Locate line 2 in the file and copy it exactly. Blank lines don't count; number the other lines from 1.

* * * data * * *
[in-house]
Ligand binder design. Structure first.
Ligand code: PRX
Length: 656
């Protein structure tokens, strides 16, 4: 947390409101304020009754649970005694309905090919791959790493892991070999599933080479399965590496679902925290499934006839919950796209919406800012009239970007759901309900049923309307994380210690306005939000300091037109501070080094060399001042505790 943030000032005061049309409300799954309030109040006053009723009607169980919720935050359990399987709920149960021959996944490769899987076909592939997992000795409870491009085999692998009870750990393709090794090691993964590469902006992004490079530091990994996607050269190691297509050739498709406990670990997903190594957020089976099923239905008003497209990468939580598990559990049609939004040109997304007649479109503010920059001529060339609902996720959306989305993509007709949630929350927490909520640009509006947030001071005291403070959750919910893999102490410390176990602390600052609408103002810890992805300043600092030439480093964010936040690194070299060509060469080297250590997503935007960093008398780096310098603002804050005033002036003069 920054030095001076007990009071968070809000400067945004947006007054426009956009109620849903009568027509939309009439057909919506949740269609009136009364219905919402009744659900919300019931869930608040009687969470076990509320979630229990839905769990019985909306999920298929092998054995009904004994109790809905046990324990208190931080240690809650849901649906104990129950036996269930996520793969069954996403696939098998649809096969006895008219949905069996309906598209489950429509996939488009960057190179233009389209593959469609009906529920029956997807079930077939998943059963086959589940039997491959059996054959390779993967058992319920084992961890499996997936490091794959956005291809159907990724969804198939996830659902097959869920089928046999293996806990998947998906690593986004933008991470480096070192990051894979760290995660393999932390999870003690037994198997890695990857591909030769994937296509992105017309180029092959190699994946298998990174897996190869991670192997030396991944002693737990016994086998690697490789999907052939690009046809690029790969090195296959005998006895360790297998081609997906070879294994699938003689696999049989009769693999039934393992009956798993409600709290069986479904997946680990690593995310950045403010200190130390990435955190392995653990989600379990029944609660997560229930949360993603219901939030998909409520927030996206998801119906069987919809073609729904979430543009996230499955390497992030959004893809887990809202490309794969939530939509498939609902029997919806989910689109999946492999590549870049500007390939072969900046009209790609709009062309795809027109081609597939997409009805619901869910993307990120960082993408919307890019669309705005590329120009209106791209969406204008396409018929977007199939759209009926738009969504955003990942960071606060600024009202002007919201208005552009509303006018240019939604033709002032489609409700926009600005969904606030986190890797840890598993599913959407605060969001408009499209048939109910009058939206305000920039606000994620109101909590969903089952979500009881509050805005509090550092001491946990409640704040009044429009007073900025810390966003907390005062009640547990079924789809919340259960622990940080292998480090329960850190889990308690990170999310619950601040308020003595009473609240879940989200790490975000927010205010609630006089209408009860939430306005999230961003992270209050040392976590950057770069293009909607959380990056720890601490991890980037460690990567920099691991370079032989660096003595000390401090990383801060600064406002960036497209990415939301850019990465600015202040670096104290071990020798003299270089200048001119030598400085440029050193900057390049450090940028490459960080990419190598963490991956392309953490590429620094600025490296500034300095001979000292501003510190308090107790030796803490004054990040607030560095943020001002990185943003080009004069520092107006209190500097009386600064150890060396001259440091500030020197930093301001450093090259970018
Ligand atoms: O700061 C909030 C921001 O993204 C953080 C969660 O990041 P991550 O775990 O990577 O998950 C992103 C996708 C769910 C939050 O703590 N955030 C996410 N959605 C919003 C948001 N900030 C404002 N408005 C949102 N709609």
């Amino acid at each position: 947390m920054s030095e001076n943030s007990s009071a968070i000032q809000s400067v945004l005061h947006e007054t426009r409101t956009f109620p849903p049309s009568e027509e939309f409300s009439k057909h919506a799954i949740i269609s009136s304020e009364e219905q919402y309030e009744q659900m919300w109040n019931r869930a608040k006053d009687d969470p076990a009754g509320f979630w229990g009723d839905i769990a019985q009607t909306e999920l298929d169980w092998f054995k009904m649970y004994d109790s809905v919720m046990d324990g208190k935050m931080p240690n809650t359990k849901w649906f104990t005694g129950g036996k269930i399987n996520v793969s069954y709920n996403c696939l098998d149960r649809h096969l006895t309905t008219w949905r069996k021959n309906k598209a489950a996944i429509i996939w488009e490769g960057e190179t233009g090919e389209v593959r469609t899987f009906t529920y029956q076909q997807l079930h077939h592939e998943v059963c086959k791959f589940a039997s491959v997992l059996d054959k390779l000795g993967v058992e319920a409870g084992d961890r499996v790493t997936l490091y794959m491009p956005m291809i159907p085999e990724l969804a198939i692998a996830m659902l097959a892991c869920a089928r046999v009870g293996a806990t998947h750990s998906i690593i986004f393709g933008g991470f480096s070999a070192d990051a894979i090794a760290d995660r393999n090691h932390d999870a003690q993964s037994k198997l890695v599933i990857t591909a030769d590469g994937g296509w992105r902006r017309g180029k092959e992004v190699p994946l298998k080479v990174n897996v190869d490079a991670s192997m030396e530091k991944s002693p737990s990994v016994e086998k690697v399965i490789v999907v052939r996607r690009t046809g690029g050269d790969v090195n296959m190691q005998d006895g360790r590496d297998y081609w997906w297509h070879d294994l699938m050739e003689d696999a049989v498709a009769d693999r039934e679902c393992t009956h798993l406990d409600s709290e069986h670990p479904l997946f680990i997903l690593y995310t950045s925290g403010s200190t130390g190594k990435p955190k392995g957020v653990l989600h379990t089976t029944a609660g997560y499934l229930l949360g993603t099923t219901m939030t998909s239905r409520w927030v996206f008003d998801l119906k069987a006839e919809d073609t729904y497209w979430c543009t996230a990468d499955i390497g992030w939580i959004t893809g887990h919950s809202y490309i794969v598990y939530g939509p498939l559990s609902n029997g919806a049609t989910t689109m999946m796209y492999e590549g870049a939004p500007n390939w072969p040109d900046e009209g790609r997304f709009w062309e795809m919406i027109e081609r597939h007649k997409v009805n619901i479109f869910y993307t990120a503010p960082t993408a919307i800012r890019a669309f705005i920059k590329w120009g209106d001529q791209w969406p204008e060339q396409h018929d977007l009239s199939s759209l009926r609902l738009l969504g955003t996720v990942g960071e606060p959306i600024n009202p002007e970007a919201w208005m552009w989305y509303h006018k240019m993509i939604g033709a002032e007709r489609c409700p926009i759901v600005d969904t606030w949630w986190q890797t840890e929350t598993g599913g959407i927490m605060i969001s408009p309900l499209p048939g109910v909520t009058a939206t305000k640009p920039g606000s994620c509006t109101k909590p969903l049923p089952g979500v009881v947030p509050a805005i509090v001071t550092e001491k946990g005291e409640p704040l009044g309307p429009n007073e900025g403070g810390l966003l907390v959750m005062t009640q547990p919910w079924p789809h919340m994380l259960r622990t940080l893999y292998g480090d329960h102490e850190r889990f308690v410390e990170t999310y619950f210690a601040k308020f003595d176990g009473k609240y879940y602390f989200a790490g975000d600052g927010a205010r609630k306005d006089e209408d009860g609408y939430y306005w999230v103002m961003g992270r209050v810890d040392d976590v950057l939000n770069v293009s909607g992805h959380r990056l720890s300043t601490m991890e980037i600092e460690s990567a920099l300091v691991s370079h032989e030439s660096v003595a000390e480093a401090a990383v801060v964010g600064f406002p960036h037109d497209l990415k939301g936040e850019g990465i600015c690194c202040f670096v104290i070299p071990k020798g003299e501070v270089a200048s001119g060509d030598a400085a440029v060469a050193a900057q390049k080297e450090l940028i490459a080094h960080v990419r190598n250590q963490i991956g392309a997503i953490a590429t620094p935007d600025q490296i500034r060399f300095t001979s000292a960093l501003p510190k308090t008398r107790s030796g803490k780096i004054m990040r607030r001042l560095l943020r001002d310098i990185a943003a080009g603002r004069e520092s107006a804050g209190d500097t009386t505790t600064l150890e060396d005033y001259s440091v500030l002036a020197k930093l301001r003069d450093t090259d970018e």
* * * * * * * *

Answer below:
Ligand binder design. Structure first.